The Tempest, (2)
3.3 True Reportory Secrecy
On 15 July 1610, having being relieved by Lord De La Warre, Gates left the colony and in September 1610 arrived back in England. In his possession was a 20,000-word report written by William Strachey, addressed to a noble lady connected with the Virginia Council, revealing the murders and insurrections in the new colony.
It was Henry Howard Furness (1892) who first noticed descriptive correspondences between this letter (TR) and passages in The Tempest suggesting that the letter had been used by Shake-speare as a source for the play. However, the letter was not published by the Virginia Council and was only discovered when Richard Hakluyt, one of the eight names on the First Virginia Charter (1606), died in 1616 and a copy was found among his papers. It was subsequently acquired by Samuel Purchas who published it in 1625 under the title A true reportory of the wracke, and redemption of Sir Thomas Gates Knight; vpon, and from the Ilands of the Bermudas: his comming to Virginia, and the estate of that Colonie then, and after, vnder the gouernment of the Lord La Warre, Iuly 15. 1610. written by William Strachey, Esquire. Appended to it was a selection of extracts from A True Declaration of the state of the Colony in Virginia with a confutation of such scandalous reports as have tended to the disgrace of so worthy an enterprise, a shorter and more sanitized version of events on the colony prior to July 1610, which had been entered in the Stationers Register by the Virginia Company on 8 November 1610.
Silvester Jourdain, who had been aboard the Sea Venture when it ran aground off Bermuda, also published his own account of the storm in A Discovery of the Bermudas, Otherwise Called the Isle of Devils which appeared on 3 October 1610 and ran to about 12 pages. There is also a short letter which also sourced the TD, signed by Lord De La Warre and dated 7 July 1610 which was sent from Jamestown to the Virginia Council in London.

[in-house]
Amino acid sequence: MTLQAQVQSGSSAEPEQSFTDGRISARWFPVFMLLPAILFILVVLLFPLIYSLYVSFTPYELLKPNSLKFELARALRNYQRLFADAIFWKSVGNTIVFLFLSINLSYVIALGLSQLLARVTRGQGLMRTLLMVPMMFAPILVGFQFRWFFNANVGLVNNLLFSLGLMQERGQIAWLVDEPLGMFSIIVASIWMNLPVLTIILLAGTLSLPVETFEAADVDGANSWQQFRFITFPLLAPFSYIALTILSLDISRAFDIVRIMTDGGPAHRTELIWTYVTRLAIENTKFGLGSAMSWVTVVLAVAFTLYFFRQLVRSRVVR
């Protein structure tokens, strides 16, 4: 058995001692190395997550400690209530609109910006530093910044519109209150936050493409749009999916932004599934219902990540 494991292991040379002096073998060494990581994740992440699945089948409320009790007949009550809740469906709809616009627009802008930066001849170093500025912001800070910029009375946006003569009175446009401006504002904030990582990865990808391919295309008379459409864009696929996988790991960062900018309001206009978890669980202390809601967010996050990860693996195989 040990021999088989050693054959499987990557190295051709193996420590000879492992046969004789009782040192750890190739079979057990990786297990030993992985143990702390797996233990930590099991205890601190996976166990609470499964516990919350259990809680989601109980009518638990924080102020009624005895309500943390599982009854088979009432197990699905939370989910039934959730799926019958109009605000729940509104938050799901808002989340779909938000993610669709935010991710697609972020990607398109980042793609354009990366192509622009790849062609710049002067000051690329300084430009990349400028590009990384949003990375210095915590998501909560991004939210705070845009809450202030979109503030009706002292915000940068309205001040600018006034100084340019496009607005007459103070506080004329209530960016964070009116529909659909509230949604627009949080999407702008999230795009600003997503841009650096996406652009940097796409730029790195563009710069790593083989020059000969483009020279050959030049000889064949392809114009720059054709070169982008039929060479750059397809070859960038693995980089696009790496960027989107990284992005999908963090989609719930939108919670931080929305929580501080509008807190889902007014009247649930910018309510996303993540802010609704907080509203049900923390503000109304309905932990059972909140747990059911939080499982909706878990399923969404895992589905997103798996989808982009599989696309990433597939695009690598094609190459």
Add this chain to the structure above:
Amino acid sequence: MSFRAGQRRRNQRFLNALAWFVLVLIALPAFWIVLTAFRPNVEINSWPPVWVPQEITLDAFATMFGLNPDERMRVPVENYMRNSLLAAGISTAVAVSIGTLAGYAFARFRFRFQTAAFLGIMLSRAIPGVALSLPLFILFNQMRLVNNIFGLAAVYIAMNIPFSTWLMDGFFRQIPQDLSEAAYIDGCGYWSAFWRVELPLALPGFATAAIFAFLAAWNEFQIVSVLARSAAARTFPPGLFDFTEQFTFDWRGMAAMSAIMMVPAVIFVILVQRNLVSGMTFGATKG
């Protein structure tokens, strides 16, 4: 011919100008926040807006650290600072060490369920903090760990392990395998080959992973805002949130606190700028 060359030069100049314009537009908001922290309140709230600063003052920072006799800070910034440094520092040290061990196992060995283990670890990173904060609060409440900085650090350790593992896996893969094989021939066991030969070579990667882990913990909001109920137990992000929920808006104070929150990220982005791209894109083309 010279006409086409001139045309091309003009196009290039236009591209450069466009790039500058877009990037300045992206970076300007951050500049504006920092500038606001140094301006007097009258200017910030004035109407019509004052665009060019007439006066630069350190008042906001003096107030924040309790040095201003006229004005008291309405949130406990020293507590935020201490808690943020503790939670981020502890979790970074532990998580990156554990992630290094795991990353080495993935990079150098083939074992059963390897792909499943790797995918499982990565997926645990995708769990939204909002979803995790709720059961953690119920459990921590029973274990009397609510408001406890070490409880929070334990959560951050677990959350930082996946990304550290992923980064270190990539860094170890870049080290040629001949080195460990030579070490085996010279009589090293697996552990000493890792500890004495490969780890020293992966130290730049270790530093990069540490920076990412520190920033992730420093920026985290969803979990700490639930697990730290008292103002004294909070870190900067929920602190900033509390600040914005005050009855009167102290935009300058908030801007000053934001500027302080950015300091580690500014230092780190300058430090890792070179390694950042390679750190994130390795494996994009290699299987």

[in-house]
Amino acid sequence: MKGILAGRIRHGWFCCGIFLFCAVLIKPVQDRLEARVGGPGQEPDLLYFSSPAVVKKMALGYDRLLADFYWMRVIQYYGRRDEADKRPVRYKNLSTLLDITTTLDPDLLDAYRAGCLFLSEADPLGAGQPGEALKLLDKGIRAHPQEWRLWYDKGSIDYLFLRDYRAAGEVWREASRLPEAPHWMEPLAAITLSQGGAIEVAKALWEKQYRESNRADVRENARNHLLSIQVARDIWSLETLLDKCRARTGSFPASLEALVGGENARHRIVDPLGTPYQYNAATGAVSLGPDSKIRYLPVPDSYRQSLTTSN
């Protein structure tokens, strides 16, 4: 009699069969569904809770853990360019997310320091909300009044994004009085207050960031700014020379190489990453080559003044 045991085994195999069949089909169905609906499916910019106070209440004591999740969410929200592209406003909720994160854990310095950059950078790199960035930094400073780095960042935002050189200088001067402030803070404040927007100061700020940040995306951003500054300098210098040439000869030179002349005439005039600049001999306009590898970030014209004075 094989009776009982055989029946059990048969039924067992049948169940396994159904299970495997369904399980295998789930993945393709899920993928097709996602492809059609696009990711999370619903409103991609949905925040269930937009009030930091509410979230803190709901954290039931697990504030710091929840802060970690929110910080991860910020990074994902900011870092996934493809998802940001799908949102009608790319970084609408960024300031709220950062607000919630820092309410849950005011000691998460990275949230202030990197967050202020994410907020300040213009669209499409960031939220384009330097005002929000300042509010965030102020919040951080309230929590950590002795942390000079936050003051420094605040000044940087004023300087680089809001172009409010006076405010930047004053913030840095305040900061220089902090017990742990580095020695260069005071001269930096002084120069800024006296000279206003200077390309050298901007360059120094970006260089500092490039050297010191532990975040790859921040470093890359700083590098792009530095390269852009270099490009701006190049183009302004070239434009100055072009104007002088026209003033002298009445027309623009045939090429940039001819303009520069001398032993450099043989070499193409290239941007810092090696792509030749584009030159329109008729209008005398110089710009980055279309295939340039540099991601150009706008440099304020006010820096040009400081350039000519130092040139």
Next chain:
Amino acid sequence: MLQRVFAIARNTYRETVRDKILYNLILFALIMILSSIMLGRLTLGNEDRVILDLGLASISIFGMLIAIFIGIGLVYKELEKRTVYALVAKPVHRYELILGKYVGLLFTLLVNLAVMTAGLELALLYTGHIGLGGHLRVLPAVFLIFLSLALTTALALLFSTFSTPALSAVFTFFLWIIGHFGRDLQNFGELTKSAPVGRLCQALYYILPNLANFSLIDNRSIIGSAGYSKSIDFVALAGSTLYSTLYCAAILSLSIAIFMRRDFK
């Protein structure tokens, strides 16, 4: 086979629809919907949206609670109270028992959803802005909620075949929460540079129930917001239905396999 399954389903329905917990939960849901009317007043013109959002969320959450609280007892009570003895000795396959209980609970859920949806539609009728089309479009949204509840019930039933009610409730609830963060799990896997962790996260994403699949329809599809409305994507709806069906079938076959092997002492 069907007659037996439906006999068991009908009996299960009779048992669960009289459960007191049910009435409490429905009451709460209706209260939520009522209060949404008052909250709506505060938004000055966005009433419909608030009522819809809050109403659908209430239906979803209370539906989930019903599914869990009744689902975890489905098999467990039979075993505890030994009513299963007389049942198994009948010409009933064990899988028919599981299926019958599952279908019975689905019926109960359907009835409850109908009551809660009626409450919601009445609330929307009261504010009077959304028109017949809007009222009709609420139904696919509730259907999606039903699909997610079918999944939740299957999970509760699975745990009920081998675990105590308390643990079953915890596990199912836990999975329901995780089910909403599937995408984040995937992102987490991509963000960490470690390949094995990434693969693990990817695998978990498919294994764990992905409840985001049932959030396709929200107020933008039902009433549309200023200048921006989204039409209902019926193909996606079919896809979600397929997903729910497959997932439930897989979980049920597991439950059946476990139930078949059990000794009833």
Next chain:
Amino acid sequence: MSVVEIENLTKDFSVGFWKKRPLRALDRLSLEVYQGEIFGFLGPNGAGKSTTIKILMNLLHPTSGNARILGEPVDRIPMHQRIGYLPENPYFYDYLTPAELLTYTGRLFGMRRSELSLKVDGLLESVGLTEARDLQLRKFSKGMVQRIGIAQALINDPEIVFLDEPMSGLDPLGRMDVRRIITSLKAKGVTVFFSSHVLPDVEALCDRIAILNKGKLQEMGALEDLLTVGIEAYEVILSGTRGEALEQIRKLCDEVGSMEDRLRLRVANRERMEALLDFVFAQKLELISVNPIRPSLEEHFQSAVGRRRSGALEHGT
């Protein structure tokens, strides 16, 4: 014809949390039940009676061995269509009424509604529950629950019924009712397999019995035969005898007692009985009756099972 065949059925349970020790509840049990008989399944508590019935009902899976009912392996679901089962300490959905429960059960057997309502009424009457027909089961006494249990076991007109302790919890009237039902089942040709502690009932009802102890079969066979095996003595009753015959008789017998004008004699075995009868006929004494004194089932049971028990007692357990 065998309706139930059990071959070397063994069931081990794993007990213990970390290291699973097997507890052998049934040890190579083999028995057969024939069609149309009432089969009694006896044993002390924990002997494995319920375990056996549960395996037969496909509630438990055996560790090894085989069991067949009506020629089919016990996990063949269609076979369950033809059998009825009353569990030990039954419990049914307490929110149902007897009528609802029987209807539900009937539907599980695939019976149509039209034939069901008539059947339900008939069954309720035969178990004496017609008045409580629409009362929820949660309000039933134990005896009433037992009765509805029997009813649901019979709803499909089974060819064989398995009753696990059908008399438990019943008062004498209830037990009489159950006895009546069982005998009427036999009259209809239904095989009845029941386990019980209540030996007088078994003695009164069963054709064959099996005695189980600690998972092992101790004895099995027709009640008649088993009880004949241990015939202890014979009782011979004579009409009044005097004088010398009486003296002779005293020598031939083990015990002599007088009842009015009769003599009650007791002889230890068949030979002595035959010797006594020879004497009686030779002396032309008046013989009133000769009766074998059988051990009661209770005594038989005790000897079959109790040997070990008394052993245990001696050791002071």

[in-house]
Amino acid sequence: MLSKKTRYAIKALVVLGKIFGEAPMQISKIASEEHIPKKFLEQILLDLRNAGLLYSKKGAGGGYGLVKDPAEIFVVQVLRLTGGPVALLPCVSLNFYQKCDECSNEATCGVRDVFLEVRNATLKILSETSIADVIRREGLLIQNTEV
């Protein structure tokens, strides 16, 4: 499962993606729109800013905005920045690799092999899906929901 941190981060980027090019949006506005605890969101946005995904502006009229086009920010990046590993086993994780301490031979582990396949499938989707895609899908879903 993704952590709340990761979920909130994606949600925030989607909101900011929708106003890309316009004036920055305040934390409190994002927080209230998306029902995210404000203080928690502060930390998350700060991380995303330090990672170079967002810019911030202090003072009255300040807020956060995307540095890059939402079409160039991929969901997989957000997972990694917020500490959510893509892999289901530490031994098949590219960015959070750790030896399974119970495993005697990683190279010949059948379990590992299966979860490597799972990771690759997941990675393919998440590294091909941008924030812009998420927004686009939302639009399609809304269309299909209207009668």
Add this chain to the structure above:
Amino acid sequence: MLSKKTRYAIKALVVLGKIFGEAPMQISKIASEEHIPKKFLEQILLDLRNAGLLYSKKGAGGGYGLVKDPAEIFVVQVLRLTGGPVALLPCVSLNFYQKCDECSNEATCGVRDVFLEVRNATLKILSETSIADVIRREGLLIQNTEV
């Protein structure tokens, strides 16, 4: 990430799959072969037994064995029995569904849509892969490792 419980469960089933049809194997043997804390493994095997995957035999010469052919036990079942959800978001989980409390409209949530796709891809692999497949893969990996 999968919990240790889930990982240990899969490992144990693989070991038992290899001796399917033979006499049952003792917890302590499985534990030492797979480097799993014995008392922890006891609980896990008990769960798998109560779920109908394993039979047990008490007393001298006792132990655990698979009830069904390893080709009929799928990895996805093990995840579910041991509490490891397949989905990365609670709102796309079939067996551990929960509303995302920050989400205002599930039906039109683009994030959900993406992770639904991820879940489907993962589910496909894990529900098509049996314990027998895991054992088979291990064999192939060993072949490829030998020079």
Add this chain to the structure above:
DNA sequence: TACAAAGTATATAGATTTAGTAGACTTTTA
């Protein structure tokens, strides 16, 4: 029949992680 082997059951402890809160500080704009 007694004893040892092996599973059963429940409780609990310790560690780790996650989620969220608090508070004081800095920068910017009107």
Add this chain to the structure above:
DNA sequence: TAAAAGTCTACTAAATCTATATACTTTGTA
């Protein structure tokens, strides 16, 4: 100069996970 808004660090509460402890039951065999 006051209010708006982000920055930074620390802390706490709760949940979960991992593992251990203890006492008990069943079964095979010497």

We now consider the evidence that the TR travelled back to England with Sir Thomas Gates on 15 July 1610.
Our first observation is that Strachey appears to have been writing the letter as events unfolded:
“Here (worthy Lady) let mee haue a little your pardon, for hauing now a better heart, then when I first landed, I will briefely describe vnto you, the situation and forme of our Fort.”
The last event that it discusses is Sir Thomas Gates' departure for England accompanied by the native chief's son Kainta:
“And the fifteenth day of Iuly, in the Blessing, Captaine Adams brought them to Point Comfort, where at that time (as well to take his leaue of the Lieutenant Generall Sir Thomas Gates, now bound for England, as to dispatch the ships) the Lord Gouernour and Captaine Generall [both Lord De La Warre's titles] had pitched his Tent in Algernoone Fort. The Kings Sonne Kainta the Lord Gouernour and Captaine Generall, hath sent now into England, vntil the ships arriue here againe the next Spring.”
In other words, following instructions from England to kidnap native children, Lord De La Warre had sent the native chief's son Kainta to England. If the TR had missed this voyage, then the next opportunity for it to travel to England was in eight months time. When Gates left Jamestown, Strachey stayed behind and if the letter had stayed with him one might expect events after Gates' farewell to receive attention in the TR but they do not.